• Danilo I, Metropolitan of Cetinje (1697–1735) was a writer and founder of the Petrović Njegoš dynasty.
  • Sava Petrović (1702–1782) wrote numerous letters to the Moscow metropolitan and the Empress Elizabeth of Russia about the deploring conditions of the Serb Nation under occupation by the Turks, Republic of Venice and the Habsburg Empire.
  • Pavle Nenadović (1703–1768) was commissioned by Serbian Orthodox Metropolitan of Karlovci, Arsenije IV Jovanović Šakabenta to compose a heraldic book, Stemmatographia.
  • Vasilije III Petrović-Njegoš (1709–1766), Serbian Orthodox Metropolitan of Montenegro, wrote patriotic poetry and the first history of Montenegro, published in Moscow in 1754
  • Pavle Julinac (1730–1785) was a Serbian writer, historian, traveler, soldier, and diplomat
  • Jovan Rajić (1726–1801), writer, historian, traveler, and pedagogue, who wrote the first systematic work on the history of Croats and Serbs
  • Mojsije Putnik (1728–1790), Metropolitan, educator, writer, and founder of secondary schools and institutions of higher learning.
  • Nikola Nešković (1740–1789) was a most prolific Serbian icon, fresco and portrait painter in the Baroque style.
  • Teodor Ilić Češljar (1746–1793) was one of the best late Baroque Serbian painters from the region of Vojvodina.
  • Pavel Đurković (1772–1830) was one of the most important Serbian Baroque artists (writers, icon painters, goldsmiths, woodcarvers) along with Jakov Orfelin (1750–1803), Stefan Gavrilović, Georgije Bakalović, and others.
  • Jovan Četirević Grabovan (1720–1781) was a Serbian icon painter. He painted the Lepavina and Orahovica monasteries, among others.
  • Kiril Zhivkovich (1730–1807) was a Serbian and Bulgarian writer.
  • Petar I Petrović Njegoš (1748–1830) was a writer and poet besides being a spiritual and temporal ruler of the "Serb land of Montenegro" as he called it.
  • Sofronije Jugović-Marković (fl. 1789) was a Serbian writer and activist in Russian service. He wrote "Serbian Empire and State" in 1792 in order to raise the patriotic spirit of the Serbs in both the Habsburg and Ottoman empires.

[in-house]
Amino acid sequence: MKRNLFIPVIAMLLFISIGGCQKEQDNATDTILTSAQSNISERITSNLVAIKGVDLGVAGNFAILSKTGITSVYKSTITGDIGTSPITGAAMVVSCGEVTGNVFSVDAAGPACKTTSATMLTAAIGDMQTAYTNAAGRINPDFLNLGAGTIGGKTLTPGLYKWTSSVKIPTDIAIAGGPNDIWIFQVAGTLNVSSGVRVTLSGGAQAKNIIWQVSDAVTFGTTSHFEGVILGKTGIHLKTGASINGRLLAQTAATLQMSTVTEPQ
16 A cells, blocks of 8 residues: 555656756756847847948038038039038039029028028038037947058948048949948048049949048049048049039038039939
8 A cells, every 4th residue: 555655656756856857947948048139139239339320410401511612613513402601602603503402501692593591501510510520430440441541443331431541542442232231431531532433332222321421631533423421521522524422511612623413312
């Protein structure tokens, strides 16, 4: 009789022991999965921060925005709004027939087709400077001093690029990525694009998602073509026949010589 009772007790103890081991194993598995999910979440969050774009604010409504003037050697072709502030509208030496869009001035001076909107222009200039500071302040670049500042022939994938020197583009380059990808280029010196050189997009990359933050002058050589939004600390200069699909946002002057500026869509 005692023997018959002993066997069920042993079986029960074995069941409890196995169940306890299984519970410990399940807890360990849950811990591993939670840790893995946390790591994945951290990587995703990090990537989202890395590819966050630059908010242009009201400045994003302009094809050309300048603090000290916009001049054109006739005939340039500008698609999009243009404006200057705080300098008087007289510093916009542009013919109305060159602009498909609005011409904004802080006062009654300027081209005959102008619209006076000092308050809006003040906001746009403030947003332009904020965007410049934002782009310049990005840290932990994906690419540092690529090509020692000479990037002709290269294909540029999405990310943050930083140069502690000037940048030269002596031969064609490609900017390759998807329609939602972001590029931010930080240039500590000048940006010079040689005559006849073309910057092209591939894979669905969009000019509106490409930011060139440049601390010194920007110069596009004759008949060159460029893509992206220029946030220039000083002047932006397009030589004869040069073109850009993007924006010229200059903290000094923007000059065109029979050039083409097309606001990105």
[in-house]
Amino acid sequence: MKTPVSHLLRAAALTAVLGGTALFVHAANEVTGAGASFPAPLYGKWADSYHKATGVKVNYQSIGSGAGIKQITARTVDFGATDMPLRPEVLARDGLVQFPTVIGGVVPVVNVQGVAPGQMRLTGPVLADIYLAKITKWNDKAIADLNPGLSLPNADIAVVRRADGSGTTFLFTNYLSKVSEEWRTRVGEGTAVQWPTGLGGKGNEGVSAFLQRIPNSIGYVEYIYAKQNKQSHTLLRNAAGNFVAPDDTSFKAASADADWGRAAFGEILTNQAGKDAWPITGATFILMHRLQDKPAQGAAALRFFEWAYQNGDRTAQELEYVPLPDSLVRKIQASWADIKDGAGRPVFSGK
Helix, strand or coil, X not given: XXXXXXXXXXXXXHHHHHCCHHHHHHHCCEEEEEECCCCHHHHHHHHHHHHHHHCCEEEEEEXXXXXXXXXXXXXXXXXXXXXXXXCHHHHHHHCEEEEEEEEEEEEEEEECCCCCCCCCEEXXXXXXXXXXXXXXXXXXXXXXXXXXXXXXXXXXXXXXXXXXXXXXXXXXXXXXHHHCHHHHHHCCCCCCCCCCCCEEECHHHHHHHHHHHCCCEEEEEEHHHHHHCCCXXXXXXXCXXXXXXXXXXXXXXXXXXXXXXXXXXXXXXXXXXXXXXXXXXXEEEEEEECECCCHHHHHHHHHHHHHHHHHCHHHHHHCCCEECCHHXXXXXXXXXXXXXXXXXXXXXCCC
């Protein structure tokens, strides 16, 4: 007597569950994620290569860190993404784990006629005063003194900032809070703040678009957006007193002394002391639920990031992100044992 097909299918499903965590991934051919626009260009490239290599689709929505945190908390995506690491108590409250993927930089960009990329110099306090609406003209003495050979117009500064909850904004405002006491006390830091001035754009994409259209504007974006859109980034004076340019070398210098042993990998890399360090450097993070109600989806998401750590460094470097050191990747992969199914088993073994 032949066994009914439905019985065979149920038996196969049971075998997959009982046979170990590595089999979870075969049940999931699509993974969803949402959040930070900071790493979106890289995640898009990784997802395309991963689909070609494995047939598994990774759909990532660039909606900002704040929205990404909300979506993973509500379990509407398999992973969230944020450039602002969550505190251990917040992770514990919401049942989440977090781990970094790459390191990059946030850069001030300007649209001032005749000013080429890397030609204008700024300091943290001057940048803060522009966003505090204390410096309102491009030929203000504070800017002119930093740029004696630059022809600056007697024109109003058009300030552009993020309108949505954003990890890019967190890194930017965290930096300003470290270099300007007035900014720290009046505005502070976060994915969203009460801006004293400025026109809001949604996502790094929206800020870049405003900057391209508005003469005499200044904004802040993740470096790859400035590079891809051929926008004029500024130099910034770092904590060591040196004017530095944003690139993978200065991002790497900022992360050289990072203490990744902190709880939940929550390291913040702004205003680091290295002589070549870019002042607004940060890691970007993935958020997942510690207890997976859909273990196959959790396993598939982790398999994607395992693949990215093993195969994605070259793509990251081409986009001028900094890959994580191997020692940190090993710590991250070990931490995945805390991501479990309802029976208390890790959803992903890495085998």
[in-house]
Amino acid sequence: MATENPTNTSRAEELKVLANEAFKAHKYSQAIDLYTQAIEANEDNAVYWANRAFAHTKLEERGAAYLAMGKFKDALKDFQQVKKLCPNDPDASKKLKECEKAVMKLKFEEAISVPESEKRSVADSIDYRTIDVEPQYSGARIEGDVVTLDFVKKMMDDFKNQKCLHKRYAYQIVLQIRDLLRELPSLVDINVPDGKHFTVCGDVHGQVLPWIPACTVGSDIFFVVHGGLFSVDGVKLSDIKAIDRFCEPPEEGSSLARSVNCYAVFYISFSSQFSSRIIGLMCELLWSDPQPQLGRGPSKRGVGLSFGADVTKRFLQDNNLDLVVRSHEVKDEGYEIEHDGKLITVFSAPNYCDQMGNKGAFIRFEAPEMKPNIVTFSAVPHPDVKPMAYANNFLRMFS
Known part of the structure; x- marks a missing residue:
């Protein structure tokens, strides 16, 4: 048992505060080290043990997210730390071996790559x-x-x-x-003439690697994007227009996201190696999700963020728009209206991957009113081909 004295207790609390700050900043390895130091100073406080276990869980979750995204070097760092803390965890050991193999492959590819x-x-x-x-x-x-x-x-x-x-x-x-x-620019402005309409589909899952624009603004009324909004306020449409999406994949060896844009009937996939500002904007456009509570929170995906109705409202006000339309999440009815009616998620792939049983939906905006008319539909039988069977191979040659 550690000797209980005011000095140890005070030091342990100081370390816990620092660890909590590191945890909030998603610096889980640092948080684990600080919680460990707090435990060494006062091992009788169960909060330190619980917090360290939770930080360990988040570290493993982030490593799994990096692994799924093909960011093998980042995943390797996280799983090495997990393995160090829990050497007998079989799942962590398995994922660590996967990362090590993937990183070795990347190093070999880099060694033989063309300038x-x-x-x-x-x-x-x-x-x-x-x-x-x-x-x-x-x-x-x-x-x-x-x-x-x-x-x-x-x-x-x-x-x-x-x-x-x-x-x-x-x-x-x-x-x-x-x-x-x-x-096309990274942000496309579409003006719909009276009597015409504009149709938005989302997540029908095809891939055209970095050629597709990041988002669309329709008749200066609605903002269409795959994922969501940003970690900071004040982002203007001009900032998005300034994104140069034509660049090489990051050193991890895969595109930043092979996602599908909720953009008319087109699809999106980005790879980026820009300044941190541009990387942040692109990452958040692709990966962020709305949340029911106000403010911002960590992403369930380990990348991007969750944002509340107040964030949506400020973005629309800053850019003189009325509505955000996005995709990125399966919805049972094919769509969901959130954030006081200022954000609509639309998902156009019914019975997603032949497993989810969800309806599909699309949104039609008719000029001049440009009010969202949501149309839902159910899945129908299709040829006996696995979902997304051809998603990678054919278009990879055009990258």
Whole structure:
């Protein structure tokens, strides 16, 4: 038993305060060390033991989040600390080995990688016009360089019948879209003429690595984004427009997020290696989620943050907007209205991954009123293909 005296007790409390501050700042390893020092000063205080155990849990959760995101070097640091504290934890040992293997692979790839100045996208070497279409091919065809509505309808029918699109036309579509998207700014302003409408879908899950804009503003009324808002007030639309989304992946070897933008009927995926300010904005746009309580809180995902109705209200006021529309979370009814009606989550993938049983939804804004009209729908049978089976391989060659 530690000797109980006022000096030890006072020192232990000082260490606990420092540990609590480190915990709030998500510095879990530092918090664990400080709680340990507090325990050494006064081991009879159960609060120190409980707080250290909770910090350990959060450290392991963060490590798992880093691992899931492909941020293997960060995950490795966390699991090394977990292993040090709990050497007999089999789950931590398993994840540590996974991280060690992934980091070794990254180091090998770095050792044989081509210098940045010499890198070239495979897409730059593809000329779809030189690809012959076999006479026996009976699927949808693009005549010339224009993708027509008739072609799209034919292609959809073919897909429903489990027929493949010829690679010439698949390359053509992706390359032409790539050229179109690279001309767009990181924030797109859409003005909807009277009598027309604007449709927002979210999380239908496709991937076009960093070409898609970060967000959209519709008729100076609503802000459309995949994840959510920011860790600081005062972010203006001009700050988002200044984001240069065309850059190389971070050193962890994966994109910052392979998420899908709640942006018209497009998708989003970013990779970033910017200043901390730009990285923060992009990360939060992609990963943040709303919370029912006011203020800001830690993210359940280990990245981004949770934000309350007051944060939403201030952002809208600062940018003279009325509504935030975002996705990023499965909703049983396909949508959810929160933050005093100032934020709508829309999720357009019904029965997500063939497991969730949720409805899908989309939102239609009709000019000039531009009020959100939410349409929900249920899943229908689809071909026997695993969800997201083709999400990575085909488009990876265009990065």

• Tomo Medin (1725–1788) was a Montenegrin Serb writer and adventurer. He and Casanova had two duels together.
  • Stefano Zannowich (1751–1786) was a Montenegrin Serb writer and adventurer. From his early youth, he was prone to challenges and adventures, unruly and dissipated life. He wrote in Italian and French, besides Serbian. He is known for his "Turkish Letters" that fascinated his contemporaries. His works belong to the genre of epistolary novel.
  • Tripo Smeća (1755–1812) was a Venetian historian and writer who wrote in Italian and in Serbian.
  • Hadži-Ruvim (1752–1804) was a Serbian Orthodox archimandrite who documented events and wars in his time, established a private library, wrote library bibliographies, collected books in which he drew ornaments and miniatures. He did wood carving and woodcutting.


  • Simeon Piščević (1731–1797), was a Serbian writer and high-ranking officer in the service of both Austria and Imperial Russia.
  • Dositej Obradović (1739–1811), the influential protagonist of the Serbian national and cultural renaissance, founder of modern Serbian literature
  • Teodor Janković-Mirijevski (1740–1814), the most influential educational reformer in the Habsburg Empire and Imperial Russia
  • Avram Miletić (1755–after 1826) was a merchant and writer of epic folk songs.
  • Avram Mrazović (1756–1826) was a Serbian writer, translator, and pedagogue.
  • Jovan Muškatirović (1743–1809) was one of the early disciples of Dositej Obradović.
  • Aleksije Vezilić (1753–1792) was a Serbian lyric poet who introduced the Teutonic vision of the Enlightenment to the Serbs.
  • Emanuilo Janković (1758–1792) was a Serbian man of letters and of science.
  • Stefan von Novaković (1740–1826) was a Serbian writer, publisher, and patron of Serbian literature.
  • Pavle Solarić (1779–1821) was Obradović's disciple who wrote poetry and the first book on geography in the vernacular.